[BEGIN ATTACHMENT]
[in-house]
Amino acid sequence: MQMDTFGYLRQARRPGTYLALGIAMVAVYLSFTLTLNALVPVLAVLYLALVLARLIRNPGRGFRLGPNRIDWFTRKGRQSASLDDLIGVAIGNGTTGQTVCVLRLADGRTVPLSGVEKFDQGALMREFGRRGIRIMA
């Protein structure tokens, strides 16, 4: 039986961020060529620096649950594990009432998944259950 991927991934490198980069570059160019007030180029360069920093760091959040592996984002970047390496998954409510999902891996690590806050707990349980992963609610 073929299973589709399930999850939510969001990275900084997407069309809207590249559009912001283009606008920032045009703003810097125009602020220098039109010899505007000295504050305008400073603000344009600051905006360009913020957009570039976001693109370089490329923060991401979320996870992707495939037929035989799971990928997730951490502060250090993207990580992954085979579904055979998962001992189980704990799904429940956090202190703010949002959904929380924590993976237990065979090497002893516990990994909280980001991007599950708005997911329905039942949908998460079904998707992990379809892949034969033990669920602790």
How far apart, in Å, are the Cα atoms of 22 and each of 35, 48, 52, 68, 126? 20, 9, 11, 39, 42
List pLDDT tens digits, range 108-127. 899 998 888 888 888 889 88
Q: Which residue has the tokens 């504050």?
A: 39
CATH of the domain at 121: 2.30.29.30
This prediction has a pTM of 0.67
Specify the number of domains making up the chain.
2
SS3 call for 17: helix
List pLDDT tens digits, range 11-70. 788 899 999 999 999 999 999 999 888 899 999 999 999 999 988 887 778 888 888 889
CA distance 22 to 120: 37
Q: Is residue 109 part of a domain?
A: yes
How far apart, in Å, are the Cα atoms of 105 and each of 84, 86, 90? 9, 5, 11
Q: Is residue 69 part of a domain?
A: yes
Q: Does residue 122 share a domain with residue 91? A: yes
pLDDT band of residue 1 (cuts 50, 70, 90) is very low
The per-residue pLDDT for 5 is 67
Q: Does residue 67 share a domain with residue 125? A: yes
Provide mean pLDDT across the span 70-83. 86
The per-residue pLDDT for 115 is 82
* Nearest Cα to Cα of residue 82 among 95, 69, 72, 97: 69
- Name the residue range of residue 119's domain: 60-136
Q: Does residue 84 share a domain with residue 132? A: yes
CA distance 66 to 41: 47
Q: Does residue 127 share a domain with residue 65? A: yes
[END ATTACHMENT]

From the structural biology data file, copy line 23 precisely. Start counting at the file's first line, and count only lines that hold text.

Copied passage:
Q: Does residue 67 share a domain with residue 125? A: yes